If you have been following recent developments in home plumbing technology, you may have noticed that the industry has had a real shakeup over the last few years. Better water heater efficiency, new technologies, and changes in consumer trends mean that buying a new water heater may be particularly challenging or overwhelming for the average person. If you’re looking for a new water heater, here are some factors that you will have to consider before choosing which to buy.
New Tank Heaters Have Grown in Size
The newer tank heaters have become more efficient, allowing for you to use more hot water without it going cold quickly like in the past. This efficiency comes from tanks now having to be better insulated to minimize heat loss, larger interior tank sizes, and supplementation from other heat sources. This greater efficiency comes with a price, however: tank heaters have, on average, grown two inches in height and two in width over the years. For some this will not be an issue if they have a large space that can be easily modified to fit the extra size of the tank. For others, however, the tank becoming larger may mean having to look for non-tank water heating solutions.
Find the Right Fuel Source
One of the considerations you don’t necessarily have the most control over is your fuel source. The most common fuel sources are propane, electricity, and natural gas. Heating your home with propane is generally more expensive due to fuel costs, but it is a popular fuel for cabins and other situations where there is no natural gas or electricity available. Natural gas is the least expensive of the three, but it is not available for everyone and can be expensive to access if your home doesn’t already have a natural gas hookup
The defining factor of your decision, therefore, will probably be whether or not you have natural gas. If you only have electricity at your home, it is most often cheaper to use the existing fuel source rather than accessing a new fuel source. A plumbing company can help you determine what your options are for fuel and how efficient it will be to heat water using each of those sources. For more information, go to www.fixitrightplumbing.com.au/.
Look Into Your Groundwater Temperature
So far, we have only gone into detail on the more traditional tank water heaters. With tank water heaters, water fills the tank and is heated and kept at that temperature. Water is added and heated after the tap using the hot water is turned off in order to not dilute the hot water before it is heated completely. There is another option, however: tankless electric water heaters. These have become increasingly popular in recent years, but there are a few things you must consider that aren’t a major issue with tank water heaters. One of these things is groundwater temperature.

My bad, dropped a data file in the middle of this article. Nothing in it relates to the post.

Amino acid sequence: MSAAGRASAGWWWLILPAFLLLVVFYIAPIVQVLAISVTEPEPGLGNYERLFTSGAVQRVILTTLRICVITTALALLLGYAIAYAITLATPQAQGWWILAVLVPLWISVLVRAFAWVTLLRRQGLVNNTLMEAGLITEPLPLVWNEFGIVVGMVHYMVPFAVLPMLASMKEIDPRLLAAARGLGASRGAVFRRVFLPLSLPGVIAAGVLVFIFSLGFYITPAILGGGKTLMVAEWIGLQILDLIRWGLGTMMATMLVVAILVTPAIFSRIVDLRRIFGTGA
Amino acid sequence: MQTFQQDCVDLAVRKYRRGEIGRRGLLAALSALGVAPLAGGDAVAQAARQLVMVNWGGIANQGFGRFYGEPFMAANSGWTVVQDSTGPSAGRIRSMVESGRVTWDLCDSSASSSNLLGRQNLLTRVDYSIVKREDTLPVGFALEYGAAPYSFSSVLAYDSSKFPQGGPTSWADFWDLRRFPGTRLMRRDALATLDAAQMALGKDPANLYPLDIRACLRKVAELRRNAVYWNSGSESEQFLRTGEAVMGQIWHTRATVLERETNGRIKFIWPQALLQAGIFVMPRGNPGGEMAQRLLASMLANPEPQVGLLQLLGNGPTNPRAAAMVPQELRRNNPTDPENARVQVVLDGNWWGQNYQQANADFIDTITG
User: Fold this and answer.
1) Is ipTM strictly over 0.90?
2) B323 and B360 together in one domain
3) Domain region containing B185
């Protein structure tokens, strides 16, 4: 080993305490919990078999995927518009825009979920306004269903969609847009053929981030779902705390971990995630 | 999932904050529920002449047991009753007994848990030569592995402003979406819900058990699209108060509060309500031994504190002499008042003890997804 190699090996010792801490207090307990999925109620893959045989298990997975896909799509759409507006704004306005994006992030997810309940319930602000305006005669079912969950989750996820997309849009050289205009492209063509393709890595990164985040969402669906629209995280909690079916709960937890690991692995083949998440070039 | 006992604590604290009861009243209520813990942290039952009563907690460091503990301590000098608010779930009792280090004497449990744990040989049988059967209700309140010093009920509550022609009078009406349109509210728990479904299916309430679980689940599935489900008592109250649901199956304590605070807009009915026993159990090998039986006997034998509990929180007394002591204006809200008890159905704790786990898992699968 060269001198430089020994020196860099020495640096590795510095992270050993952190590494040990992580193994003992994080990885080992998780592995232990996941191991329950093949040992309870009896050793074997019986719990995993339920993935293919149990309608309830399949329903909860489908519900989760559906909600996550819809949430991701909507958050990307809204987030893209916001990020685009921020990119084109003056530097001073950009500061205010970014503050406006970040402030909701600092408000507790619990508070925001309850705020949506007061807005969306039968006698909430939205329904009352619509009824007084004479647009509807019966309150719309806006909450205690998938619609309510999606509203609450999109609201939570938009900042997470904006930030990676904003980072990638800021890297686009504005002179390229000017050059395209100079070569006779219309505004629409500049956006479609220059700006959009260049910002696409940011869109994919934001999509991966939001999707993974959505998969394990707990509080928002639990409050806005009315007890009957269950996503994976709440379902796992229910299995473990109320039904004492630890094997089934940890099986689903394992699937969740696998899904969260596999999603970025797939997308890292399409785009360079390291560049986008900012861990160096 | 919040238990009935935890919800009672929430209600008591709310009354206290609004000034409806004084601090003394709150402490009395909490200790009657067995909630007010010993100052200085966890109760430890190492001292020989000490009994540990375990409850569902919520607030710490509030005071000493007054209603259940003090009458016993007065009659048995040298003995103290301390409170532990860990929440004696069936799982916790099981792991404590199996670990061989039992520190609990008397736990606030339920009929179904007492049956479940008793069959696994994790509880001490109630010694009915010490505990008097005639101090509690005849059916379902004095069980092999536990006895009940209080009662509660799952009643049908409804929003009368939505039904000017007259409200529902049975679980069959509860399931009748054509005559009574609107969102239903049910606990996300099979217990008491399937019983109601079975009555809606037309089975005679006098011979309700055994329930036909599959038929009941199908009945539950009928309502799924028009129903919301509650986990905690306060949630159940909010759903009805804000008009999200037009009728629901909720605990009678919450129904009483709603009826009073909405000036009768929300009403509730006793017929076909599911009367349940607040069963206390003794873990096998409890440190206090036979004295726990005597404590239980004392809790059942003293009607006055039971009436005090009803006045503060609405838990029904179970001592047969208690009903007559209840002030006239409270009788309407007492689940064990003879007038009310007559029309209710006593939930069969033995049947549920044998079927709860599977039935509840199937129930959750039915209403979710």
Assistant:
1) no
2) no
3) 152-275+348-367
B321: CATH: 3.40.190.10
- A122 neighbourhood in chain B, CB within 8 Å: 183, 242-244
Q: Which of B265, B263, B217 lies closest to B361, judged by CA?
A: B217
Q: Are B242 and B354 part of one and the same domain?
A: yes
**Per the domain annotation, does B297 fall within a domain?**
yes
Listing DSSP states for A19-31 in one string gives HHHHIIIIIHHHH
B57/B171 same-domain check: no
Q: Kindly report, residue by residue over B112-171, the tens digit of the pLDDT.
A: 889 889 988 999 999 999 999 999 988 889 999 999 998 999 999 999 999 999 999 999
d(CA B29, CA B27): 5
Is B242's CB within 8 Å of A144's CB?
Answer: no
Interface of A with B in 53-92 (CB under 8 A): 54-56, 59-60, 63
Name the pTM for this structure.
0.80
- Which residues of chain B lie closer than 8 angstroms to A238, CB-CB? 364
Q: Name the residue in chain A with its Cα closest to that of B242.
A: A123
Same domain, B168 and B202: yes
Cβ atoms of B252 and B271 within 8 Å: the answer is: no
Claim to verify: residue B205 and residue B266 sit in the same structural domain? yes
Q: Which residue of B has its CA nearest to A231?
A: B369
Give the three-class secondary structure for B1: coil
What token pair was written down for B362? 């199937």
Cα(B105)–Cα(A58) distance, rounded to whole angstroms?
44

Groundwater temperature is important because it will take more power to heat your water in cool than in warm climates. Groundwater temperature maps should be used to determine the groundwater temperature in your area, since measuring the temperature of the water coming from your water source or outdoor spigot will not accurately reflect the full range of groundwater temperatures.
What Flow Rate Does Your Home Require?
Flow rate refers to the amount of hot water flow required for your various appliances and faucets. With tankless electric water heaters, you will have to be careful about your flow rate because there is no tank to supplement hot water when the flow rate is overcome. Many tankless water heaters can’t keep up with fixtures that require a high flow rate, such as spas and hot tubs, and even the largest tanks will run out of hot water when using these as well. Because of the difficulty in water supply and various environmental concerns, it is suggested that you minimize your high flow rate appliances wherever you can.
Though the new considerations may seem overwhelming at first, looking at them systematically will help you choose the type and style of water heater that is right for you. Keep these considerations in mind, and you won’t have to worry about making an expensive mistake when shopping for a new water heater.